Before he won fame as the leader of Vermont’s Green Mountain Boys, native Nutmegger Ethan Allen started a blast furnace in the Litchfield Hills . The site is now memorialized as Salisbury Cannon Museum (860/435-0566, www.salisburycannonmuseum.org , call for hours), which explores the history of the enterprise. Allen and his partners used a rich lode of nearly pure iron ore in Salisbury to fuel the blast furnace, which became the primary producer of cannons for the Colonies during the American Revolution (churning out more than 800 in total.) Recently a hunk of pig iron produced by Allen in 1764 was dug out of the surrounding countryside; it is now on display at the museum.
The industrial history of the area is also celebrated at the Sloane-Stanley Museum and Kent Furnace (31 Kent-Cornwall Rd./Rte. 7, Kent, 860/927-3849, website , 10 a.m.–4 p.m. Wed.–Sun. mid-May–Oct., $8 adults, $6 seniors, $5 youth 6–17), a dream museum for any professional or amateur mechanic. On display are several hundred years of tools and manufacturing equipment, as well as informative exhibits on how they were used in early America. Nearby is the now-dormant Kent Furnace, which spat out pig iron for almost 70 years in the 19th century. The furnace’s heavy granite blocks and Gothic arch make for an impressive picnic spot.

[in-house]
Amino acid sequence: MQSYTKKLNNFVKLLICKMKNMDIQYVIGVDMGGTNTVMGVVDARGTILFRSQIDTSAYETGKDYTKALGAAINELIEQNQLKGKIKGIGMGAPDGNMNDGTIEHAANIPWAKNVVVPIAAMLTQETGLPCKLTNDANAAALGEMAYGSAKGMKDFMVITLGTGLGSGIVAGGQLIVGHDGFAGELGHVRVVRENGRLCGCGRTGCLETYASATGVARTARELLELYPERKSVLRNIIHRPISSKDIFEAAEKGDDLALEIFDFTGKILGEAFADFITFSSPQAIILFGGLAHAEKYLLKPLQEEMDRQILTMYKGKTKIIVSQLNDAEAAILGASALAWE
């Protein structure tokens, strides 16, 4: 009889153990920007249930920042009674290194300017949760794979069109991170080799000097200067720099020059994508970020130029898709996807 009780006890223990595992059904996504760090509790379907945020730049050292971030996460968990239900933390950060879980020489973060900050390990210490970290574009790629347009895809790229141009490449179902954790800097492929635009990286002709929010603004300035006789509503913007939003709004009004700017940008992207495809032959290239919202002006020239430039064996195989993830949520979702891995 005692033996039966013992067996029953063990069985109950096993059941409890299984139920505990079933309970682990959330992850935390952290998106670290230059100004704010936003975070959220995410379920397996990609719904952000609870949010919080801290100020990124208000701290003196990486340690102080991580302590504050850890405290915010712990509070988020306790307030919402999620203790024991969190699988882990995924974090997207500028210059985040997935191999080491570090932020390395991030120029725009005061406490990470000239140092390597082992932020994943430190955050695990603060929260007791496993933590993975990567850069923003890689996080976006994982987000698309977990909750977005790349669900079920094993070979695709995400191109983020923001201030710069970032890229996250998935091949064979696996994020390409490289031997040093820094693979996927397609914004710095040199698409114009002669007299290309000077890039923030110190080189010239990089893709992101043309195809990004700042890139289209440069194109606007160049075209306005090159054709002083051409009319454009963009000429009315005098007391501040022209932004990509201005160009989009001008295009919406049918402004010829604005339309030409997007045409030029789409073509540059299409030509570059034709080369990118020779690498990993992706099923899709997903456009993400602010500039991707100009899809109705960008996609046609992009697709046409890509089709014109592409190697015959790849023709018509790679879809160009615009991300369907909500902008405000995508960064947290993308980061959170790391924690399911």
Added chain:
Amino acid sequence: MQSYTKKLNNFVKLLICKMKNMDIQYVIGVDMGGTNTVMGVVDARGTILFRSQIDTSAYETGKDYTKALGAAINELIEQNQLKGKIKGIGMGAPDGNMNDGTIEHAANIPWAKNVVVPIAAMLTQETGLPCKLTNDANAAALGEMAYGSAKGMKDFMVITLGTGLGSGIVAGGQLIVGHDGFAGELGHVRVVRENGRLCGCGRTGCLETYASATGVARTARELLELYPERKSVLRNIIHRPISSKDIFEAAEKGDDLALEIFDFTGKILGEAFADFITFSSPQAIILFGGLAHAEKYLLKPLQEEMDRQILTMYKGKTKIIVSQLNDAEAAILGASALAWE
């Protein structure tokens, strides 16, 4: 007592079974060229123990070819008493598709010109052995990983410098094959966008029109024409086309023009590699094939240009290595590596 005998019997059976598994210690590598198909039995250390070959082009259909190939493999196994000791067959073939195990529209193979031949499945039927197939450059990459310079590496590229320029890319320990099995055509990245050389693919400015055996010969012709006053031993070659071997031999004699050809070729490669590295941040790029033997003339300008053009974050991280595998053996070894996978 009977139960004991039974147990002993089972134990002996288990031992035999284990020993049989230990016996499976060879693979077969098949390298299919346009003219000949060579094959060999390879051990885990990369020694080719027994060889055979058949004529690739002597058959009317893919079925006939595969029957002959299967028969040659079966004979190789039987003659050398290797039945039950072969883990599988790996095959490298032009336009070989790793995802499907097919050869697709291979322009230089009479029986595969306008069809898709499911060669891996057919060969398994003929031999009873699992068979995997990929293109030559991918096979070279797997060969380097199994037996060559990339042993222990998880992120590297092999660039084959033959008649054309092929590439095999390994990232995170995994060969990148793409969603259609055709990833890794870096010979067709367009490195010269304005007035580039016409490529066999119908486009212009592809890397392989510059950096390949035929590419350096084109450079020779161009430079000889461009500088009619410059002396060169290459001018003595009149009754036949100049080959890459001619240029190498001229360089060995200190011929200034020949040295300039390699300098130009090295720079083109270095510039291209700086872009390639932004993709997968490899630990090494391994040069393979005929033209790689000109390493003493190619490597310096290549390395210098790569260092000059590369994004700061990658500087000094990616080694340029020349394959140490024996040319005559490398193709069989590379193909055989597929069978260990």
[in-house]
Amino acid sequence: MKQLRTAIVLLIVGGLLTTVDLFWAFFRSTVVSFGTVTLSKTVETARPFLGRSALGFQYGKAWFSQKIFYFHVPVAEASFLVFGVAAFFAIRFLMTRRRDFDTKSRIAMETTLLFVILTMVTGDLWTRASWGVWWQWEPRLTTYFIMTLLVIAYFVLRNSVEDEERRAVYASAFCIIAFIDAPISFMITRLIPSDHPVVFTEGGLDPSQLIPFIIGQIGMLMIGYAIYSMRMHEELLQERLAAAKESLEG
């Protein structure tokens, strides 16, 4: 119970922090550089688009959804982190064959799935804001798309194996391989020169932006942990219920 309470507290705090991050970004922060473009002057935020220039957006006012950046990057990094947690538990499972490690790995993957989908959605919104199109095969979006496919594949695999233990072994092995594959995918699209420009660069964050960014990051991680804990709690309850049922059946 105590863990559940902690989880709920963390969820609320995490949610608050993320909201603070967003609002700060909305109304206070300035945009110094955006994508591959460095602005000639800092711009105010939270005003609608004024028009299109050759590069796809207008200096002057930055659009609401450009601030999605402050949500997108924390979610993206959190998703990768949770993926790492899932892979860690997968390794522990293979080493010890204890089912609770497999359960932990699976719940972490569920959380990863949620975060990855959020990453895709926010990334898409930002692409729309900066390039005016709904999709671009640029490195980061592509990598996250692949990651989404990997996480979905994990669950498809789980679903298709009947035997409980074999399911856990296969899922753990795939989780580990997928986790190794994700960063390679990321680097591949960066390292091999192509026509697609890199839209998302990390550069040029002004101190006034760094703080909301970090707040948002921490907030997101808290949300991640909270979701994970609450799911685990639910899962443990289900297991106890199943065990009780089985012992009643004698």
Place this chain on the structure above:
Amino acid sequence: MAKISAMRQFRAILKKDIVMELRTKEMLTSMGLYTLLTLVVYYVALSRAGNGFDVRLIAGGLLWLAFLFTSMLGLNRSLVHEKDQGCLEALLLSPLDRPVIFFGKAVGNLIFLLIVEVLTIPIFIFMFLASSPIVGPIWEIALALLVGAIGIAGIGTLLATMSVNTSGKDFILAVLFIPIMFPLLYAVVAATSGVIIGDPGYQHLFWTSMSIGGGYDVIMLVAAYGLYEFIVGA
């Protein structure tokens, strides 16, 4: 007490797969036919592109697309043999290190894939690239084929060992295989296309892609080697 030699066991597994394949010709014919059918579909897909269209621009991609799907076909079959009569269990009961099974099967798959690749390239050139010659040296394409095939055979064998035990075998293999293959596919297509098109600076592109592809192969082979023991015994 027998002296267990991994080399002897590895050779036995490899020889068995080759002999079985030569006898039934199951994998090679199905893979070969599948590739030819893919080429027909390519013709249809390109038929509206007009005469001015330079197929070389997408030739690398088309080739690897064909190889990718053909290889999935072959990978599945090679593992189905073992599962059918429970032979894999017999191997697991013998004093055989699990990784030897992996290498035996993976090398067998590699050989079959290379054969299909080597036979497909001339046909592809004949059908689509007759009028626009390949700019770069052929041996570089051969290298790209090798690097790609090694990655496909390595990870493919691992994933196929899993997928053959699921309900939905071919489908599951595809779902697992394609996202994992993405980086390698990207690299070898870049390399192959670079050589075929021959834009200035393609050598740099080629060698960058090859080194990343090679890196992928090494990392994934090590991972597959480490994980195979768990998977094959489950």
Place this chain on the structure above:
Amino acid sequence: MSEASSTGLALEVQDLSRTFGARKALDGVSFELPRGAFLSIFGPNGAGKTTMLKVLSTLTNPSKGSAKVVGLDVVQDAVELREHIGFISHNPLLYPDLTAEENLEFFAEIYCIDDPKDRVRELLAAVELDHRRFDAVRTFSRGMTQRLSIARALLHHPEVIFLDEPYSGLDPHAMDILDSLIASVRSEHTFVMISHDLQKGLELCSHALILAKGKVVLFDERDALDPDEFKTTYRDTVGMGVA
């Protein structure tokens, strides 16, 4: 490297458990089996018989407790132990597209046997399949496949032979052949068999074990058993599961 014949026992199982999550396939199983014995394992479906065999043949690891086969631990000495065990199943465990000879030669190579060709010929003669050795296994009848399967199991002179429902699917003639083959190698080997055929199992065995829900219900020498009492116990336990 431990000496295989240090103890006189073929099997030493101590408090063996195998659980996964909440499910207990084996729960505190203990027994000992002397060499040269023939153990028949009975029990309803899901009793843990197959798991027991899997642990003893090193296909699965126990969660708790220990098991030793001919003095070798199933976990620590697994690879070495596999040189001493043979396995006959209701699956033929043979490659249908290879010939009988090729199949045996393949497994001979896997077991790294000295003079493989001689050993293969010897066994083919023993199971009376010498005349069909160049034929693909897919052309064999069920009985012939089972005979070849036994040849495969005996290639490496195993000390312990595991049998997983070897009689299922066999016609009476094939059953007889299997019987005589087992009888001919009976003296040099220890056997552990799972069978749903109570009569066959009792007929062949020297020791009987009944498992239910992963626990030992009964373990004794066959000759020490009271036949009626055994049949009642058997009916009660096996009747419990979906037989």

Speaking of picnics, families from around the area bring their baskets and blankets to Kent Falls State Park (Rte. 7, 5 mi. north of Kent, 860/927-3238, Sat.–Sun May–Oct., $20), a wide grassy area whose main attraction sluices down from the hills in a series of pitches some 250 feet long in all. A trail, complete with wooden steps and viewing platforms traces the side of the waterfall, allowing excellent views and photo opportunities of its various cataracts and pools. Swimming, sadly, is prohibited.
A welcome new addition to the area is the Land of Nod Winery (99 Lower Rd., East Canaan, 860/824-5225, www.landofnodwinery.com , 11 a.m.–5 p.m. Fri.–Sun. Apr.–Oct., tastings and tours free). The winery is still relatively young as New England wineries go, but it has already won acclaim for its pinot noirs and raspberry fruit wines. The family operation also runs a maple syrup house on-site—no word yet on whether they plan to produce a maple wine.